Timothy Conigrave’s memoir and ‘coming-out’ story  is perhaps one of the saddest books I’ve ever read. Ever. Poignant, uplifting and heartbreaking, Holding the Man, should be a considered an Australian classic.

Holding the Man is a first person narrative of Tim’s life, beginning when he is a young teenager who falls in love with another man. Set across a 20 year period, Holding the Man follows the incredible highs and lows of Tim’s romance with fellow schoolmate, John; from coming out to their Catholic parents, being separated by distance and eventually, the devastating impact of AIDS.

When I first picked up Holding the Man, I was intrigued by it, but it wasn’t until I started reading that I realised it was a true story. This made Tim’s story all the more heartbreaking. Reading a first person account of teenage years – awkward and confusing for most – can already be sobering, not to mention confronting. Reading about how a teenage boy is going through all the highs and lows of adolescent, as well having to come out as a homosexual? Horrific. And not because of the way that Tim feels about his sexual orientation, or even the very intense feelings of love he feels for John when he is still very young, but the responses of those around him. His father doesn’t want to believe him, his mother is appalled, John’s father refuses to accept that he exists. And throughout all of this, John and Tim feel ashamed for what is perhaps the greatest thing about being a human – being in love with one another. Not only are they going through a sexual awakening, and experiencing all of the joys that we feel during our first love, but they’re not allowed to express it? It’s frowned upon for them to hold hands in public, or to show affection for one another? I know Tim’s childhood was in the 70s, but sadly that stigma still occurs in certain social circles. And that honestly just breaks my heart.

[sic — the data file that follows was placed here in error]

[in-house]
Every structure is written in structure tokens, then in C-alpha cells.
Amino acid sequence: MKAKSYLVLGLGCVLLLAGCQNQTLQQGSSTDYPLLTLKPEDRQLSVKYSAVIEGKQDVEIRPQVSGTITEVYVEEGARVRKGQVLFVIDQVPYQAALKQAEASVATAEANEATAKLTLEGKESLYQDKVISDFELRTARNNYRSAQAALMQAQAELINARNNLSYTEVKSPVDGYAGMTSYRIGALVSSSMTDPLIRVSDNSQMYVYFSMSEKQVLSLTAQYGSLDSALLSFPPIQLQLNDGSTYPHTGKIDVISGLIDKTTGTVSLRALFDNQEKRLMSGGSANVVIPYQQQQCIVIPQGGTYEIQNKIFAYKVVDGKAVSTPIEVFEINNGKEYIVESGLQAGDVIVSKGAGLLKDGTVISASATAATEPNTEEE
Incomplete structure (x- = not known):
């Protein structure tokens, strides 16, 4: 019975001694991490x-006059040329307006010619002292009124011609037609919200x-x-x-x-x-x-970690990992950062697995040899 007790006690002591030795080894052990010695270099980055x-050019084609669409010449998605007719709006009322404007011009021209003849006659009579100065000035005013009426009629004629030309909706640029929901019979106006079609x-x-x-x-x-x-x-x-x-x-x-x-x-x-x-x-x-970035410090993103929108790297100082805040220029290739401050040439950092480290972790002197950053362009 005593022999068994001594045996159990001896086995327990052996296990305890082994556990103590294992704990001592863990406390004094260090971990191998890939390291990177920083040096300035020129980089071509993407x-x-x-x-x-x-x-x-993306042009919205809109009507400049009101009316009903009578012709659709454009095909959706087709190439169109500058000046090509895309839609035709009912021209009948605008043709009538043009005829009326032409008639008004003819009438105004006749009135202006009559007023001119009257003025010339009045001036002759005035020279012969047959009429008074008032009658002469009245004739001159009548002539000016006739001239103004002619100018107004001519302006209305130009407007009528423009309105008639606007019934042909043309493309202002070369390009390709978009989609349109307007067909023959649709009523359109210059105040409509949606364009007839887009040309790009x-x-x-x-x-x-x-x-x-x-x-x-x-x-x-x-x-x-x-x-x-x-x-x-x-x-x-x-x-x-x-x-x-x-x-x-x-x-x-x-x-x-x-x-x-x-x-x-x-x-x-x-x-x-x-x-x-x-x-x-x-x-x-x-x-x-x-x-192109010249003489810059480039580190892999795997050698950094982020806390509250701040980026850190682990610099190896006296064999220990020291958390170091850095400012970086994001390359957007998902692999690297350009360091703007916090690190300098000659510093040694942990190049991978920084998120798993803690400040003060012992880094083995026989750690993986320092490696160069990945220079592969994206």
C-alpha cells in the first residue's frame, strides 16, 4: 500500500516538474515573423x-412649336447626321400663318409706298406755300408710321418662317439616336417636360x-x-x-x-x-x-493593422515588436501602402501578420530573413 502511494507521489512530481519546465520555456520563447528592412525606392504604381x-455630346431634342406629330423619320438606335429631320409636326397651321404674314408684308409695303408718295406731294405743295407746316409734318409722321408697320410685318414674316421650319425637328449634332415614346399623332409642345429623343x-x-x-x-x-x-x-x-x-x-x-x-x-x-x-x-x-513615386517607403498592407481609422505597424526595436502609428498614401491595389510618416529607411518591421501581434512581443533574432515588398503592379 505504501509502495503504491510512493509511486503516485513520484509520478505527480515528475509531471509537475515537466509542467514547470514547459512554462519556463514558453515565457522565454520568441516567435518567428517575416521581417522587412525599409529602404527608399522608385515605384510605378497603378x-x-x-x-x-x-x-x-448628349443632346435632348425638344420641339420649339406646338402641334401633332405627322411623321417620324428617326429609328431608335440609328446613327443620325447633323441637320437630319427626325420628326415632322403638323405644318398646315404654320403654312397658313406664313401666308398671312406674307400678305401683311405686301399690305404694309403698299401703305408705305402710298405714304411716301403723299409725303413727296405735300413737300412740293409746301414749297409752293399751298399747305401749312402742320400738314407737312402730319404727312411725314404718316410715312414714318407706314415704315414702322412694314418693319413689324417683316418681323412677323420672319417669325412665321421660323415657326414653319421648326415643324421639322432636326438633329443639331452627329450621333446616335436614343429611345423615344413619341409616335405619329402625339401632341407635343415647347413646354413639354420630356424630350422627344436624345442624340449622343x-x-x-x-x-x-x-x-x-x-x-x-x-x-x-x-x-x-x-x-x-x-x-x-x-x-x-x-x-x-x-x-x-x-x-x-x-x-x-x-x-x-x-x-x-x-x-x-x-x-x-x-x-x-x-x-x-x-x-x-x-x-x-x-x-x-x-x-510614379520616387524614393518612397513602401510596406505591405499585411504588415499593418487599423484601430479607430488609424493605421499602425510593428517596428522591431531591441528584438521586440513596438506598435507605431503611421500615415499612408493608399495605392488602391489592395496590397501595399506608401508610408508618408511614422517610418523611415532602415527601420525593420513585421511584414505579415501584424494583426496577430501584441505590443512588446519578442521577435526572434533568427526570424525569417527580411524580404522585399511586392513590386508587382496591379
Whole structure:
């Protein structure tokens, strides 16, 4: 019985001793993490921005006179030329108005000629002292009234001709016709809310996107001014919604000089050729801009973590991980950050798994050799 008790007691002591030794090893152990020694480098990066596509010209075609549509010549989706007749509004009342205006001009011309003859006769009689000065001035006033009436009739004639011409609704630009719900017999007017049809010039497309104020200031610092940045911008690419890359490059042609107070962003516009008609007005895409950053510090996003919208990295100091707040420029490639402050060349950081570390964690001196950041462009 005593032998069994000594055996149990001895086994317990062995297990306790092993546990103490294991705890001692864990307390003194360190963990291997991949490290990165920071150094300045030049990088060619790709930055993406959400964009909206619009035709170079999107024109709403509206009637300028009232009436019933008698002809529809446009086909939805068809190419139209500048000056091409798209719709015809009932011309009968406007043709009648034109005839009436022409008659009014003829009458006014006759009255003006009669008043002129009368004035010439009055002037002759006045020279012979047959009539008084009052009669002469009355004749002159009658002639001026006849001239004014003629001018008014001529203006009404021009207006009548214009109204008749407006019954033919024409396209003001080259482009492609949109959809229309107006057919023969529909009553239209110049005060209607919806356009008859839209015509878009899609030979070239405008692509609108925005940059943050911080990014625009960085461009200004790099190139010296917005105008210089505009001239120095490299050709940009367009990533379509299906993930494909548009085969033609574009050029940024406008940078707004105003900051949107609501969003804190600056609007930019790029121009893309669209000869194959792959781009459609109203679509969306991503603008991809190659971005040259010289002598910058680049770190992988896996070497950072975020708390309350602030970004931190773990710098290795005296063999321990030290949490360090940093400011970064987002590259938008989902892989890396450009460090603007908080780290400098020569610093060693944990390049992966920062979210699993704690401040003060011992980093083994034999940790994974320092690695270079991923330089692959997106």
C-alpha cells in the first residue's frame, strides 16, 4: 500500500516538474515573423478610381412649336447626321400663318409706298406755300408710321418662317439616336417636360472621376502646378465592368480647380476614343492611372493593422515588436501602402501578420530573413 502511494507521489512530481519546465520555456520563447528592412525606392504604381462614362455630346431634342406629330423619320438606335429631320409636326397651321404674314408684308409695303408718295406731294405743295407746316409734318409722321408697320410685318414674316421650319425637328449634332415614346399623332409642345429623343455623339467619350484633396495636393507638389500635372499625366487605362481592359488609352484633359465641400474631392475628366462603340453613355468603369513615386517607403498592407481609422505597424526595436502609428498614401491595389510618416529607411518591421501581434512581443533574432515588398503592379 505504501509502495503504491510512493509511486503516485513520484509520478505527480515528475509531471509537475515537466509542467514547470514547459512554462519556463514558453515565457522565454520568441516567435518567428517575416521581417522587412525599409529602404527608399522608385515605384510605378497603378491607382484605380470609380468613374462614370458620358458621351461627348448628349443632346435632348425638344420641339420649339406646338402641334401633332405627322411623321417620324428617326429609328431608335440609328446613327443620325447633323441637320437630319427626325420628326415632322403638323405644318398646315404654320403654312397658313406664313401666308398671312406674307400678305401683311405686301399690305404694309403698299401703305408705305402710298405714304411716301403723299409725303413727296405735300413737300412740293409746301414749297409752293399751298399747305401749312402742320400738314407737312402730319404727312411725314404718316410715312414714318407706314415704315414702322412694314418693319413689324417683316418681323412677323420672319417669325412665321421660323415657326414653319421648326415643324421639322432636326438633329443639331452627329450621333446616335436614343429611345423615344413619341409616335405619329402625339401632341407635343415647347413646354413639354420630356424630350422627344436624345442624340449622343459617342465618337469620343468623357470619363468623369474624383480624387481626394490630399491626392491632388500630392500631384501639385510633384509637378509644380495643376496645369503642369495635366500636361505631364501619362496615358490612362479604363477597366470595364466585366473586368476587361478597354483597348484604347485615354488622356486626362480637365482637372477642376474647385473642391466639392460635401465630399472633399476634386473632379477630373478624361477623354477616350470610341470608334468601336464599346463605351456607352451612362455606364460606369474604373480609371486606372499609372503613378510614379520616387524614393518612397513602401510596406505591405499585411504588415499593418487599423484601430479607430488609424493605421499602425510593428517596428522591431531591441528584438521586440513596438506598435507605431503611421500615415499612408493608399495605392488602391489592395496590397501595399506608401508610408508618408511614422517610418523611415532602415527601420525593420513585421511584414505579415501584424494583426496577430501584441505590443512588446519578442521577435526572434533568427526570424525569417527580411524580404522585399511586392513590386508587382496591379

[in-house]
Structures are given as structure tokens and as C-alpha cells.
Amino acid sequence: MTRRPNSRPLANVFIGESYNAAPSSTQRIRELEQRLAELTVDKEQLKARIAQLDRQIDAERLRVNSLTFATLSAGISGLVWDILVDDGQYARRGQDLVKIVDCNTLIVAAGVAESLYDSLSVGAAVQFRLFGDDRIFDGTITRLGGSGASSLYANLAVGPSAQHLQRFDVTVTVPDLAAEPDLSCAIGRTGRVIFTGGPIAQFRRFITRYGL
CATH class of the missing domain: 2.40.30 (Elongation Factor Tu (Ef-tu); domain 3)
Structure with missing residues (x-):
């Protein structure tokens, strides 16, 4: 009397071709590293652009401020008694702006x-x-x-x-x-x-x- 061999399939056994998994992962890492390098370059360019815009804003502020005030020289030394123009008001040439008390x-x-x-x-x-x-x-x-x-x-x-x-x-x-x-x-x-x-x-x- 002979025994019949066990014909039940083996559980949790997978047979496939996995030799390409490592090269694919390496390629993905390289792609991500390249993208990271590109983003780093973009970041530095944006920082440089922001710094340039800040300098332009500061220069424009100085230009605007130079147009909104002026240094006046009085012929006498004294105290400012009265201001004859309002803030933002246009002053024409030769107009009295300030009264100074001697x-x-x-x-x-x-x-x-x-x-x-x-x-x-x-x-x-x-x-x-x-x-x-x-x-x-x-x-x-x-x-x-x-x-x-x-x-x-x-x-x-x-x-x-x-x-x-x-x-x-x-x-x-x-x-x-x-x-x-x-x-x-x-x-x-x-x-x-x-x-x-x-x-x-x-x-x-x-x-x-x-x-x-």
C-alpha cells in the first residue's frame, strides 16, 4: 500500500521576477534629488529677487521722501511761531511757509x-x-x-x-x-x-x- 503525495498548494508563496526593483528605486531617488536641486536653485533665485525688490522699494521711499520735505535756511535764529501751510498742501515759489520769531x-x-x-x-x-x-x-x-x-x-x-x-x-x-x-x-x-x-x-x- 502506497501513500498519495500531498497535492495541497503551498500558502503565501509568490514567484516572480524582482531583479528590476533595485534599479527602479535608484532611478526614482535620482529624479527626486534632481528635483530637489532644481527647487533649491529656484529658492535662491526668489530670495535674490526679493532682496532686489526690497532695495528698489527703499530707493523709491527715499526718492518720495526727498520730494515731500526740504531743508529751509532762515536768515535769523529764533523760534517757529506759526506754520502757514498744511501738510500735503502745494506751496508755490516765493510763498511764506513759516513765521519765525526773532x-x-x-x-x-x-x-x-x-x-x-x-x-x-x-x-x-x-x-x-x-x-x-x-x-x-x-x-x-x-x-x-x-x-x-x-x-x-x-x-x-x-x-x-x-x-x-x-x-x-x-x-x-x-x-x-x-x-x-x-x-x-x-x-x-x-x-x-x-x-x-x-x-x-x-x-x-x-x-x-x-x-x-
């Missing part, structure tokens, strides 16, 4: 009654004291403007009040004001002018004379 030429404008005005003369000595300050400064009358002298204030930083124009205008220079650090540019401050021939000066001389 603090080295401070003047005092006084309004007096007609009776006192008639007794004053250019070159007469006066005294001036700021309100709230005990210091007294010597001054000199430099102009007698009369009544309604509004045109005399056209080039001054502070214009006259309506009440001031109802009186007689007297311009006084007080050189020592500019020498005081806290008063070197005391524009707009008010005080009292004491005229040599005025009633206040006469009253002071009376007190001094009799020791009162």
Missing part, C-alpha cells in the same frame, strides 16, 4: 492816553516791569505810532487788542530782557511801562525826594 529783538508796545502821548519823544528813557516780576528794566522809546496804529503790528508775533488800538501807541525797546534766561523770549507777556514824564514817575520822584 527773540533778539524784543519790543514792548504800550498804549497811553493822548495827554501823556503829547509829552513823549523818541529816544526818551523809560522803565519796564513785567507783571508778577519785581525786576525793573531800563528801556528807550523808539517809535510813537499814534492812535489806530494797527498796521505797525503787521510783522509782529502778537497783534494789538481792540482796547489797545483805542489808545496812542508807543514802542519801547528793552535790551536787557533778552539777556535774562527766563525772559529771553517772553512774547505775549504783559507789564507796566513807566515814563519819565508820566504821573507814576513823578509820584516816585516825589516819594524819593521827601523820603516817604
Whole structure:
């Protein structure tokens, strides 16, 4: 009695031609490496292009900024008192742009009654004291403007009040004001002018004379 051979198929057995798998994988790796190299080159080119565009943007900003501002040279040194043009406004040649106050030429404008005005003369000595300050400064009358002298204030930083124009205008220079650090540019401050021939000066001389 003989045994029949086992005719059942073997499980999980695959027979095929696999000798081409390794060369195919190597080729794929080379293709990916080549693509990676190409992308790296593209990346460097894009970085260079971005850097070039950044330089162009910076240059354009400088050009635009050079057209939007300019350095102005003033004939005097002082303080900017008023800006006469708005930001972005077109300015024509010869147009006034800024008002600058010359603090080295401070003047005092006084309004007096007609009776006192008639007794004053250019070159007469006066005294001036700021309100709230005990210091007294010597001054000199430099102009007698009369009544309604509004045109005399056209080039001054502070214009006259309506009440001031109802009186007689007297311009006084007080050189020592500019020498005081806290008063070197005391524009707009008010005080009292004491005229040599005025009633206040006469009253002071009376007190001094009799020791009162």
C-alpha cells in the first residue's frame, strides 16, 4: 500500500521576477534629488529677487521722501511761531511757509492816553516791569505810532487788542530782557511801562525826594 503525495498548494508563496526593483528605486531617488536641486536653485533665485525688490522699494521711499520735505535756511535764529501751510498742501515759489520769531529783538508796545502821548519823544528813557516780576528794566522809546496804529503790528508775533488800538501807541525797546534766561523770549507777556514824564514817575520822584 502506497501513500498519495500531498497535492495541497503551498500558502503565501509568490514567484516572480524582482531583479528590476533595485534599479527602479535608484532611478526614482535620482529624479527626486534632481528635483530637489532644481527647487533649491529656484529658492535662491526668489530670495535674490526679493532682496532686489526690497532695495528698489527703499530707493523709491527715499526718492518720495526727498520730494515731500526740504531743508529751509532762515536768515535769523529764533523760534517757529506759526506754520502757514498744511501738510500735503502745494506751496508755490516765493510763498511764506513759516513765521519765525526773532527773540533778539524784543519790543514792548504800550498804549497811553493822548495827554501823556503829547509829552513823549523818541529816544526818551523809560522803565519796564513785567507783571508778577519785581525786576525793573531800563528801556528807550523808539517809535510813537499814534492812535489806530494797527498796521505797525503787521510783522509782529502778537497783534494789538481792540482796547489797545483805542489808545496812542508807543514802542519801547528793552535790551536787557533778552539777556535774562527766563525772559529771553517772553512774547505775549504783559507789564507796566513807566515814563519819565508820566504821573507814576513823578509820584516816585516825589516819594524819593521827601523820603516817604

Of course, the other devastating part of Holding the Man is when Tim and John both find out that they have contracted HIV, during a time when rumours and fear are rife about what causes the disease and how it spreads. While it was horrible to hear about the drawn-out death that John endures, and which Tim has to face knowing he may too face the same ending, it is the shunning that Tim faces afterwards that is perhaps more soul-destroying. Despite being his partner for 15 odd years, Tim never gets a mention in the obituary, and it is not mentioned at the funeral that John was a homosexual man. To take away a person’s right to be acknowledged during the hardest time of their life is not only cruel-spirited and selfish, but it’s also unfair to the memory of the person who has died. Once again, while things have improved, many homosexual couples still have to endure unfair actions by others because legally they aren’t seen as partners.

Though there were aspects of Holding the Man that I didn’t agree or sympathise with, particularly Tim’s continual urge to sleep with other men, I found his writing poignant, clear and at times, brutually honest. Tim paints a wonderfully bright picture of the life he and John create for themselves in a mesmerising, loud and colourful group of people, both gay and straight, that show how wonderful a life can be if a person is accepted for who they are. Furthermore, while I may not have understood why Tim was so interested in straying from John, I found it refreshing that Tim wasn’t afraid to tell the whole story – one that didn’t always paint him in the nicest picture. Many narrators would have shied away from this.

I loved this book. While I can’t exactly resonate with the characters, their stories have stayed with me long after I finished Holding the Man. Thinking about the plight that Tim had to go through – simply to love – filled my stomach with an unidentifiable feeling in my gut – like I wanted to cry, but knew I didn’t really have the right to. That same feeling is here right now, when I consider that as beautiful as Tim’s story is, it isn’t unusual. Many people have watched their loved ones pass away from AIDS, and unfortunately, most people who come out as homosexual have to face stigma and rejection from certain people, sometimes those closest to them.

Holding the Man is a tribute to the love that Tim Conigrave felt for John and the life that they lived together. It is an memoir that throws its hands up in the air and screams ‘It’s OK to be you!’, without holding back any punches or preaching how a person should live their life. Regardless of your opinions on same-sex couples or whether you were alive when the AIDS epidemic hit, read Holding the Man to see insight to how one person lived their life and loved to the fullest.

Have you read Holding the Man or heard of Tim Conigrave? Let me know!

PS For those who were wondering, Tim passed away from an AIDS-related illness two years after John’s death, in 1994.

holding the man by timothy conigrave

Holding the Man – (image taken from http://www.images.amazon.com)